Magazine Antiques

Museum accessions – Virginia Museum of Fine Arts acquires objects by Louis Comfort Tiffany and Edward William Godwin

Museum accessions – Virginia Museum of Fine Arts acquires objects by Louis Comfort Tiffany and Edward William Godwin – Brief Article

Eleanor H. Gustafson

Louis Comfort Tiffany and Edward William Godwin had many things in common. Both were seminal figures in design on their respective sides of the Atlantic Ocean in the second half of the nineteenth century; both were influenced by the painter James McNeill Whistler and Japanese art; both designed objects across a wide spectrum of mediums and often with a total vision in mind. Recently, important domestic examples by these two tastemakers have been acquired by the Virginia Museum of Fine Arts in Richmond.

The side chair (illustrated above) was made to Godwin’s designs by William Watt of Grafton Street, London, one of the many manufacturers who executed Godwin’s furniture. It is virtually identical to a chair that was part of a suite Watt displayed at the Exposition Universelle in Paris in 1878. The centerpiece of the suite was a cabinet (now in the Hunterian Museum and Art Gallery, Glasgow) painted with butterflies, clouds, and chrysanthemum petals by Whistler, who called it “Harmony in Yellow and Gold.” It is considered his most famous foray into the decorative arts, after the celebrated Peacock Room, now in the Freer Gallery of Art in Washington, D.C. The pale yellow mahogany and the caning of the seat and part of the back of the chair correspond to the coloring of the cabinet decoration, and the chair’s delicate design and Japanesque inspiration is equally in tune with the cabinet. In a period dominated by heavy revival styles, such designs were truly revolutionary, precursors to the modern idiom.

On this side of the Atlantic, Tiffany was in the vanguard of design reform, also drawing inspiration from the Far East, often by way of Whistler’s work. The screen (illustrated at left) acquired by the Virginia Museum clearly recalls the color scheme of Whistler’s Peacock Room, completed only a few years earlier in 1879. The screen’s intricate patterns and combination of painted panels and aged-glass jewels set in wirework at once suggest the exotic and the antique, while the stark wooden frame bespeaks Tiffany’s modernity.

The screen is part of the decorative scheme Tiffany devised with his colleagues at Associated Artists for the extravagant thirty-room residence designed by James C. Cutler in Rochester, New York, for William S. Kimball, a tobacco magnate, and his second wife, Laura Mitchell Kimball. The opulence of “Kimball’s Castle,” as the house was known, reflected Kimball’s position as a civic leader and benefactor. As the largest employer in Rochester, he took a keen interest in the humane treatment of his workers as well as in the comforts of life afforded by new technologies. He collected art and orchids, had an air-cooled wine cellar installed in his house, and a two-story stable with an elevator so that his carriages could be stored upstairs or down.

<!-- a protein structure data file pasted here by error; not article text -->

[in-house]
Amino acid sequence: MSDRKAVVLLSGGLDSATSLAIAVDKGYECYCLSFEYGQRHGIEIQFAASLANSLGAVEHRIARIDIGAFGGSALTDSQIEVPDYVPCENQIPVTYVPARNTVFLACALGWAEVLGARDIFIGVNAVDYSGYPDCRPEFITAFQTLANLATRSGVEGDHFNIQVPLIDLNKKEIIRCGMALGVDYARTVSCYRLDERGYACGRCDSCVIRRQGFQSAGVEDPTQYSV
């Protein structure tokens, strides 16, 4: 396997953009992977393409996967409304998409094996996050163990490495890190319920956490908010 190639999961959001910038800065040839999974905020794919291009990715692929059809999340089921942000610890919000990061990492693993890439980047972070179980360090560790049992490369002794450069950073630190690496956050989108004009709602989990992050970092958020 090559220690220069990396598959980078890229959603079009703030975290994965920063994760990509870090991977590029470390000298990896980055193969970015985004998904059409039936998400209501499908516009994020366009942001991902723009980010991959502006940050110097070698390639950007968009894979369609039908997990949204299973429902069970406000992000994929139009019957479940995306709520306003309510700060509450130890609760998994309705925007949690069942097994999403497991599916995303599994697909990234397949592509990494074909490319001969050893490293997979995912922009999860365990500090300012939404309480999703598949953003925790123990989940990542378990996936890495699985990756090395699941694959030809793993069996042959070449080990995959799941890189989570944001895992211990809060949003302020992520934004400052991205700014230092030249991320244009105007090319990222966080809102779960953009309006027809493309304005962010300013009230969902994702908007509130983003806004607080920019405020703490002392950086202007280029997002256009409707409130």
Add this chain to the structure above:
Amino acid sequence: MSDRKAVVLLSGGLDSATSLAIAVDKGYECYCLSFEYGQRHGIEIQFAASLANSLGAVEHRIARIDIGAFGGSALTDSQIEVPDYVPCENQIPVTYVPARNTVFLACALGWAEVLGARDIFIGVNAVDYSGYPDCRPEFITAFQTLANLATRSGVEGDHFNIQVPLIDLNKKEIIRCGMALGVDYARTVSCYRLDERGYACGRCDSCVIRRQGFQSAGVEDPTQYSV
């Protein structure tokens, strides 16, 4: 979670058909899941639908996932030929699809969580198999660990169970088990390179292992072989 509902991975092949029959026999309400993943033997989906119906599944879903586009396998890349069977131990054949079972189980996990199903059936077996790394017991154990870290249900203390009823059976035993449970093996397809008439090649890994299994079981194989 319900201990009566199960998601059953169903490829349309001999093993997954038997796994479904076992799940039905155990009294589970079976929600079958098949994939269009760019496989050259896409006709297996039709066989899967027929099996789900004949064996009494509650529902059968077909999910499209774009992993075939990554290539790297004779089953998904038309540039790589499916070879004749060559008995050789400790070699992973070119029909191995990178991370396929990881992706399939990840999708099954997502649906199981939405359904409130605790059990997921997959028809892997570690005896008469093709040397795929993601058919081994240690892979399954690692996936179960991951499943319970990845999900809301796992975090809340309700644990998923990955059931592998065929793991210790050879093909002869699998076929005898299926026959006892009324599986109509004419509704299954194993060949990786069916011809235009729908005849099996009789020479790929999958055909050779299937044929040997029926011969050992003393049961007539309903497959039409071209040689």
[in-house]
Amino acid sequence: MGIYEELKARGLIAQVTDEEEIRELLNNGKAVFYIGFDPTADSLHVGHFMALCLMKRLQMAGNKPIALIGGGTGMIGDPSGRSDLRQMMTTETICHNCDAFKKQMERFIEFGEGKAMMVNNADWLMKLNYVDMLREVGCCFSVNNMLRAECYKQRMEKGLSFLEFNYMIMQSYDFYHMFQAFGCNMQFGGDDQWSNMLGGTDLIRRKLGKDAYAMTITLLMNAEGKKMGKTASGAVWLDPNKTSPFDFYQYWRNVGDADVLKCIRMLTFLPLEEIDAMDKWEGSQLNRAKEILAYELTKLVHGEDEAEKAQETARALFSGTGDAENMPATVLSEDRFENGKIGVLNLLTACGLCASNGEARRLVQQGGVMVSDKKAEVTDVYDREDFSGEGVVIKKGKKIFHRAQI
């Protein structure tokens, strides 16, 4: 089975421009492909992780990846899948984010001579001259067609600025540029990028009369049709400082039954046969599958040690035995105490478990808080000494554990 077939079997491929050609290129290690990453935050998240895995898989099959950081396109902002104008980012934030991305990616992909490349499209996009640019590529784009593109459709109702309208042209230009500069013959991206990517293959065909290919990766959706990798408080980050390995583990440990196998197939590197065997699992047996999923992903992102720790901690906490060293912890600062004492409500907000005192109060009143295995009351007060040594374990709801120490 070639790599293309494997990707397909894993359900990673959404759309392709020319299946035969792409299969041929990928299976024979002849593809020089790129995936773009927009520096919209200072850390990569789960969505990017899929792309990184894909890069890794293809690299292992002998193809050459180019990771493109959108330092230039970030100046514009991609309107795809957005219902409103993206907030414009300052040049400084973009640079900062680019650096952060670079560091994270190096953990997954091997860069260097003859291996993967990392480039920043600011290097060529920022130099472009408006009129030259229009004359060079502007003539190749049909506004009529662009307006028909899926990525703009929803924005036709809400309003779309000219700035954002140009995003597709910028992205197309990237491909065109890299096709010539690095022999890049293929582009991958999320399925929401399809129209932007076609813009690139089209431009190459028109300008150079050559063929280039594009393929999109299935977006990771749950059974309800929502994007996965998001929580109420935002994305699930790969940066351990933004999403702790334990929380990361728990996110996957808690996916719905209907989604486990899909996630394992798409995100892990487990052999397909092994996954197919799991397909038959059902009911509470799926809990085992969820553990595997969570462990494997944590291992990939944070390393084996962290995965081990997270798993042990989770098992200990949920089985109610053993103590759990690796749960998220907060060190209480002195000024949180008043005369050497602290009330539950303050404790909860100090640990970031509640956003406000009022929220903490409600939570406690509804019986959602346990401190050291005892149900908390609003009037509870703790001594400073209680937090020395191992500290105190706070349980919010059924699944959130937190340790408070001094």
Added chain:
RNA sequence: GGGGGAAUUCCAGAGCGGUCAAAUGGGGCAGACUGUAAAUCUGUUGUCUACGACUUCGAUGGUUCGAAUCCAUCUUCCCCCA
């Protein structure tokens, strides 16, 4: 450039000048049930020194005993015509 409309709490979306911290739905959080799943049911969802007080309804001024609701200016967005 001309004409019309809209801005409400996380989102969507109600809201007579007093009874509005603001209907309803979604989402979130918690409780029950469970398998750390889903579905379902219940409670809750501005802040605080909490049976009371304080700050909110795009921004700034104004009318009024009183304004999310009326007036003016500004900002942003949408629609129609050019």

Unexceptional from the outside except for its size, his house was startling on the inside, thanks to Tiffany’s innovative ideas. Sadly little from it survives today, for like so many oversized personal monuments in ages of excess, the house was demolished for lack of funds to keep it up.

The Frenchman Jean Laurent Mosnier was a highly acclaimed painter in his lifetime, but is relatively unknown today. He was appointed painter to the queen to Marie Antoinette in 1776, but he fled France after the outbreak of the Revolution, worked in London from 1790 to 1796, and subsequently in Hamburg and Saint Petersburg. Illustrated here is one of the most ambitious of his English portraits, Lady Callander and Her Son James Kearney, recently given to the Yale Center for British Art. In it Mosnier has combined his French training and background with the tastes of his new British clientele. Balanced between neoclassicism and romanticism, the composition appears at once rigidly stable yet inherently fluid. The delicate treatment of fabrics and subtle use of light and shade are French, while the sentimentality of the image and such realistic details as the boy’s powdered wig shedding onto his otherwise immaculate uniform are English.

Exhibited at the Royal Academy in 1795, the portrait depicts Lady Callander (nee Margaret Romer) with James Kearney, her son by her first husband, Brydges Kearney (d. 1786). It was given to the Yale Center by the London firm Spink-Leger in honor of Brian Allen, director of studies at the Paul Mellon Centre in London, and his wife Katina Allen. Not only a rare example of the artist’s finest work, it is one of the few full-length portraits of a woman in the Yale Center’s collection.

COPYRIGHT 2001 Brant Publications, Inc.

COPYRIGHT 2001 Gale Group